10. Emma Renvith says:

    You clearly don’t use roads or any other public infrastructure for that matter. Or are you just too good to taxes?

  11. Neil says:

    I agree with Rossco’s assessment of the situation. It is a waste of time lodging a complaint with council compliance about illegal developments as nothing will be effectively done. The attitude from them is “forgive and forget”. Council is risk averse, even when they have good evidence of illegal development owners breaking planning laws. The biggest supporter of this is our current mayor.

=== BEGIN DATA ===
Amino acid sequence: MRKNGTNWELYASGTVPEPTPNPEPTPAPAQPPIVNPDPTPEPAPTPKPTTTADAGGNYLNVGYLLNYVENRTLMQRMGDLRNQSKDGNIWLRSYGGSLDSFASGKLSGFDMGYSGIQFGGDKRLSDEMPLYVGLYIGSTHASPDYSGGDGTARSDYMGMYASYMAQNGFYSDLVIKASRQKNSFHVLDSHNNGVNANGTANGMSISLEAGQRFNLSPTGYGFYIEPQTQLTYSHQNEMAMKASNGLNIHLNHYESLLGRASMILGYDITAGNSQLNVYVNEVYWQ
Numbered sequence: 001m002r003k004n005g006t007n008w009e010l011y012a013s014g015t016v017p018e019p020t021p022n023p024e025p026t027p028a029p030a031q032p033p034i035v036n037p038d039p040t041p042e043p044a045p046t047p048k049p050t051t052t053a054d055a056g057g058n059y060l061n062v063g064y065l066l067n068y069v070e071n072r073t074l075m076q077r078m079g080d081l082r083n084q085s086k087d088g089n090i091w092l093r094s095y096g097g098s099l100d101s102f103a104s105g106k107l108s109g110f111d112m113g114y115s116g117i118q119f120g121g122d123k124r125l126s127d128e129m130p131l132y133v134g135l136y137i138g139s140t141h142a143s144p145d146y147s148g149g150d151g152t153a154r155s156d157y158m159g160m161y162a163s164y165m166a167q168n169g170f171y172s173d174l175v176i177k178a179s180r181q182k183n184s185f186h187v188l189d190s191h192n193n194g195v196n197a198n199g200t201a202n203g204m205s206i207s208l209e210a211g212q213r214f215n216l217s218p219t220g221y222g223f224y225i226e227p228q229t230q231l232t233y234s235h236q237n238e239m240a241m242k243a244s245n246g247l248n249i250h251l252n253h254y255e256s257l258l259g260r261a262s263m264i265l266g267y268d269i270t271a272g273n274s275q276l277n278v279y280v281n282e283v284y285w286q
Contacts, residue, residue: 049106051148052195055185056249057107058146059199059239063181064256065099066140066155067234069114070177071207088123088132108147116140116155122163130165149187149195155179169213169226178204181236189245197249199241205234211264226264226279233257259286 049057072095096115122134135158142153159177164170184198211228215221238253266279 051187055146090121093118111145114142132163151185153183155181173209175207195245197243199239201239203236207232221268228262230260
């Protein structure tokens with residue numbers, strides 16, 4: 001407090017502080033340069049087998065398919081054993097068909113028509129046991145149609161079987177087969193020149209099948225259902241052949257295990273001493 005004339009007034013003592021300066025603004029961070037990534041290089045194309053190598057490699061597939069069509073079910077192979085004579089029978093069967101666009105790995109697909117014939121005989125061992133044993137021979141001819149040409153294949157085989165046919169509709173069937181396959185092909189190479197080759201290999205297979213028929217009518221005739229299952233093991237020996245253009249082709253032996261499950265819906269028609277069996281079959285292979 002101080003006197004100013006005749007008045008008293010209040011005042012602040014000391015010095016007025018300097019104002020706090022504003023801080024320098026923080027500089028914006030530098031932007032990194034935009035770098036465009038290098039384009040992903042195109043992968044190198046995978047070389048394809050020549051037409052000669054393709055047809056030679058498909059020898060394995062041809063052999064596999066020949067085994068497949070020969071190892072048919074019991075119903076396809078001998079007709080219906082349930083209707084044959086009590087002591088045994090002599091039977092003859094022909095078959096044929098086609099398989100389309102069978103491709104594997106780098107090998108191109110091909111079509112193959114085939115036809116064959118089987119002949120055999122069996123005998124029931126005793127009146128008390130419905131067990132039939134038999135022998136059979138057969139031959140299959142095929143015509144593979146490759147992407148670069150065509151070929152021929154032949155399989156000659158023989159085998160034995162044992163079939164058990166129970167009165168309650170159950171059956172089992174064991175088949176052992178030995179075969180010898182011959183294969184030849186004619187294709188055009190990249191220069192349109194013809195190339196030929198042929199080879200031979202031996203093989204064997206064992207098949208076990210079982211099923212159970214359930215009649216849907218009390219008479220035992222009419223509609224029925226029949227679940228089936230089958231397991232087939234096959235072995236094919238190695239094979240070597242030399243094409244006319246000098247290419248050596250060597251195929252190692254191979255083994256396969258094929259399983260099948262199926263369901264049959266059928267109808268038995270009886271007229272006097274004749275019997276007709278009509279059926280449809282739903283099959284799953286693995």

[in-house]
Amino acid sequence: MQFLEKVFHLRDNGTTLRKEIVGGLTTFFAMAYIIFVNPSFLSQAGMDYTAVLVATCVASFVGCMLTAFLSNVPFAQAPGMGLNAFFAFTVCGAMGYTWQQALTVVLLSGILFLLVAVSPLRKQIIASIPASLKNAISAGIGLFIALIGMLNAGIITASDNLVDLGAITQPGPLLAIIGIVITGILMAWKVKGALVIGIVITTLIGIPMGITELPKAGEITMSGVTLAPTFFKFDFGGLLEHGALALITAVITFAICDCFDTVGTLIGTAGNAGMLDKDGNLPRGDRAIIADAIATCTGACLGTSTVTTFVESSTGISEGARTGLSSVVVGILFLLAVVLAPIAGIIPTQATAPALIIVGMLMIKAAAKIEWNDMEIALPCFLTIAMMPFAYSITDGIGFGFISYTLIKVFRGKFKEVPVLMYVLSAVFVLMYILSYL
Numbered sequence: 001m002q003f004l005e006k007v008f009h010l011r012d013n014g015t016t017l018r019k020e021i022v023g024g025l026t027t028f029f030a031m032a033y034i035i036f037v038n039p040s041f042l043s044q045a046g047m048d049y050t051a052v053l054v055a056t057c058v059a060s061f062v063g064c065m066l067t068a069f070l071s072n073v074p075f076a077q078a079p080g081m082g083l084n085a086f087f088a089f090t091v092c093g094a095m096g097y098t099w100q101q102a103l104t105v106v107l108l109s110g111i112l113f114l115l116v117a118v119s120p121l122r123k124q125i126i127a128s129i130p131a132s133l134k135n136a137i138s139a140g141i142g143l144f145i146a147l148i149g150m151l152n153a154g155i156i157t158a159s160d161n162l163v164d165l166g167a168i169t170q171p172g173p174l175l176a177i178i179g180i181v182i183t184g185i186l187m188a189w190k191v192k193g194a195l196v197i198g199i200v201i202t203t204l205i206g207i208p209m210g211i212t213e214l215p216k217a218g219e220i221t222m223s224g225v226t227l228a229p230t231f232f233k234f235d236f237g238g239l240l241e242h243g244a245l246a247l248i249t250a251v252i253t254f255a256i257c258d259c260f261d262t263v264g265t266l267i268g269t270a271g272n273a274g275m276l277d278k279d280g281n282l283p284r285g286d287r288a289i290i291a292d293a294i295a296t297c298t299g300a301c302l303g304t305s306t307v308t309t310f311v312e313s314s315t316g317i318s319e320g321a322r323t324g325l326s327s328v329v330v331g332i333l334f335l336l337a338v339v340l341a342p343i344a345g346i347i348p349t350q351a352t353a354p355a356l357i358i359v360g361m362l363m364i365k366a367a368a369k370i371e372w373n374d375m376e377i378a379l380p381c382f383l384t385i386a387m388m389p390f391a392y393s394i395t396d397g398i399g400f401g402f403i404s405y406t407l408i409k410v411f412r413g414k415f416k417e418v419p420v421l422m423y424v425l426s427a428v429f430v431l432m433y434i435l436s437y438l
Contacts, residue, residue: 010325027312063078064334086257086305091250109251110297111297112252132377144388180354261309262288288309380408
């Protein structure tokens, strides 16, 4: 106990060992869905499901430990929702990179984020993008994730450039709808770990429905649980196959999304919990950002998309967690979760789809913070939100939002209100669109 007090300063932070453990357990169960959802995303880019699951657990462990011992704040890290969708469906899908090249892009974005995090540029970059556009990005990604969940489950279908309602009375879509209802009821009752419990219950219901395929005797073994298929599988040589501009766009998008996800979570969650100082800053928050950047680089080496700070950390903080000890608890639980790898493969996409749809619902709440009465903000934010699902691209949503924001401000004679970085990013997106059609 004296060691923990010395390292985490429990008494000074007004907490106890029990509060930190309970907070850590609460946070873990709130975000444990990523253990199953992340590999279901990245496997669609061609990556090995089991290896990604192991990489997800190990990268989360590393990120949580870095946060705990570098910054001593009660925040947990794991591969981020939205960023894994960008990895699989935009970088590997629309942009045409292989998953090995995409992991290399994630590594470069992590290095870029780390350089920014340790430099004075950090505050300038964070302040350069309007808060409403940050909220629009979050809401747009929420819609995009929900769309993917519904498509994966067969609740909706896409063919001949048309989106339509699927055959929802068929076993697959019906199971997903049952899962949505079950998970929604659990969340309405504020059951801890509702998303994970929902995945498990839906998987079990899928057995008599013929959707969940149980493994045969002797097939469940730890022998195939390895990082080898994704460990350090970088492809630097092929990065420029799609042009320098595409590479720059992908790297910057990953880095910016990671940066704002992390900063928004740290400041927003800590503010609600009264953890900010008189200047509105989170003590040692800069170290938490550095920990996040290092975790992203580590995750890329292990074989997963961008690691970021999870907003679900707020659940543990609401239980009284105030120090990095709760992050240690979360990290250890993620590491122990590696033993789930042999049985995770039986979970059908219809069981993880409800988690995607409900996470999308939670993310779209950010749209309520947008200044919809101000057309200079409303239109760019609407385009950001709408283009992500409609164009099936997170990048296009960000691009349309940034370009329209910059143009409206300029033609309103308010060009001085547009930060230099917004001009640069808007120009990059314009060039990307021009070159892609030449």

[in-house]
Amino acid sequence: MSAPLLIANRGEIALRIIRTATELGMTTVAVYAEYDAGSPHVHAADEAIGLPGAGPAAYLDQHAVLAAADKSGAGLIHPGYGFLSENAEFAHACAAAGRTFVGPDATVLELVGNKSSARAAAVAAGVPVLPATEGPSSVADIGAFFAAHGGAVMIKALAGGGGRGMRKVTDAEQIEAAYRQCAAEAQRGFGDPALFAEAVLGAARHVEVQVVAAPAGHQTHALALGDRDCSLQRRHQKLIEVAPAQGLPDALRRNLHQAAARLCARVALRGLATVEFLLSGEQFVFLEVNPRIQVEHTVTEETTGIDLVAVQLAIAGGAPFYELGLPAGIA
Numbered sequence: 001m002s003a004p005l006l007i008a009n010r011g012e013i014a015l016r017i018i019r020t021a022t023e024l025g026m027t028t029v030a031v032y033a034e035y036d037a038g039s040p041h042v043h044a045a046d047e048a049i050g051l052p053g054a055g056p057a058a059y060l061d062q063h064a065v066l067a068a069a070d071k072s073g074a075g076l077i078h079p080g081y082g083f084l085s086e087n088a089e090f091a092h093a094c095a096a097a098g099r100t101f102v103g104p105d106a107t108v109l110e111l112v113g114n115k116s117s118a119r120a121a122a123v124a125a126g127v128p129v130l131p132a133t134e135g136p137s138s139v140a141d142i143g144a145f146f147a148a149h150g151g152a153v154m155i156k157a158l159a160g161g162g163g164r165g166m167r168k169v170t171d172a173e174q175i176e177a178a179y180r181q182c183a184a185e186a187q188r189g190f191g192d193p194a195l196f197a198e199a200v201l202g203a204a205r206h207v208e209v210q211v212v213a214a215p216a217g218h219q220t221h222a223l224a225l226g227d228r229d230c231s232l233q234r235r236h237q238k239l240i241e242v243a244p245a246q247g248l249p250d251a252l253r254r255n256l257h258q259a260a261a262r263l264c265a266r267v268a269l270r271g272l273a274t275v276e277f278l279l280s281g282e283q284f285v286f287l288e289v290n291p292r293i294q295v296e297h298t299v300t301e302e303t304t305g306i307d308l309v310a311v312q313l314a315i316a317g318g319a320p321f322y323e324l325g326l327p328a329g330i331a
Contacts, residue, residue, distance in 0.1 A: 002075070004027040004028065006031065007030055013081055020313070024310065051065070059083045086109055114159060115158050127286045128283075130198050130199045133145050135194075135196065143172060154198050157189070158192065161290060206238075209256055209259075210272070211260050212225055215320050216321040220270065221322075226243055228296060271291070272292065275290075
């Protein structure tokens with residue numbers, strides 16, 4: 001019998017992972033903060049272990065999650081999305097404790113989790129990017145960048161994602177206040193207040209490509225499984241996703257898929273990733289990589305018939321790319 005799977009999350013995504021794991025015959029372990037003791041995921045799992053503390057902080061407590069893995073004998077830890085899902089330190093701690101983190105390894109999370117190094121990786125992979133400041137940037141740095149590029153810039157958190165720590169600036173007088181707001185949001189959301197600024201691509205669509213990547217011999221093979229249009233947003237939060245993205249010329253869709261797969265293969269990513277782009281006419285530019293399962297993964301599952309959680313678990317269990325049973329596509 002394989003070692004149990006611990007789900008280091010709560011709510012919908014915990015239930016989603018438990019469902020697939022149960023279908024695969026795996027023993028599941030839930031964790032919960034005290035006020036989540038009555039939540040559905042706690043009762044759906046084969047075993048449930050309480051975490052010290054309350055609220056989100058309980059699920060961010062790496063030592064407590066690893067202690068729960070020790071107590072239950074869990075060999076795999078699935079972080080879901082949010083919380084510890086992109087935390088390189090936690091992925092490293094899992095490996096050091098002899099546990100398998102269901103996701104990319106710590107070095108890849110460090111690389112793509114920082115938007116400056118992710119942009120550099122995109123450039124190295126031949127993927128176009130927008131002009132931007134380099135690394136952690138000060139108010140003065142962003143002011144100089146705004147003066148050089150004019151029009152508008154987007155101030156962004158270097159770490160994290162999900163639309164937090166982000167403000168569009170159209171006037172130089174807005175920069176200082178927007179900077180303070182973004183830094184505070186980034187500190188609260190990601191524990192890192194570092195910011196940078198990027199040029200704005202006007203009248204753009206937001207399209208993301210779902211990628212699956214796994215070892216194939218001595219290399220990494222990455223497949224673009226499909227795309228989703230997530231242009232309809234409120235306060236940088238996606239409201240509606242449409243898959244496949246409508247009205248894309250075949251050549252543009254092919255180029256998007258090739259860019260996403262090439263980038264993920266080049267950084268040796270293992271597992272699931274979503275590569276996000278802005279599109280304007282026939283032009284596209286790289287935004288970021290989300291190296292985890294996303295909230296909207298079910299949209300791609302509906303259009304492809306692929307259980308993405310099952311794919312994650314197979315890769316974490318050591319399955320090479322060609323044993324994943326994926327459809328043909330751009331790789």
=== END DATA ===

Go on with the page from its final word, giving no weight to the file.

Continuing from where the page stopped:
Ask former councilor Duncan Dey about the lack of action from council about illegal developments. He most likely will be our next mayor. We can only hope that he will get council staff to uphold planning laws. Yes, give them an opportunity to get development consent, then prosecute if they snub council.

  12. john jennings says:

    BornxRaised
    For your information: my environmental impact is extremally small, and deliberately so. I did not ‘clear land’. I live in a forest. The trees grow back faster than I can keep them at bay. I did not ‘chop down trees’ – I used a chain saw. And in my original post I acknowledged the value of law. I am not an anarchist.
    And your ‘slippery slope fallacy’ – that ‘if everyone cleared land and chopped down trees… this area would be destroyed’ makes you delusional, not me. There are a great many things that would prove catastrophic if everyone did them. But everyone doesn’t do them. Therein lies the fallacy.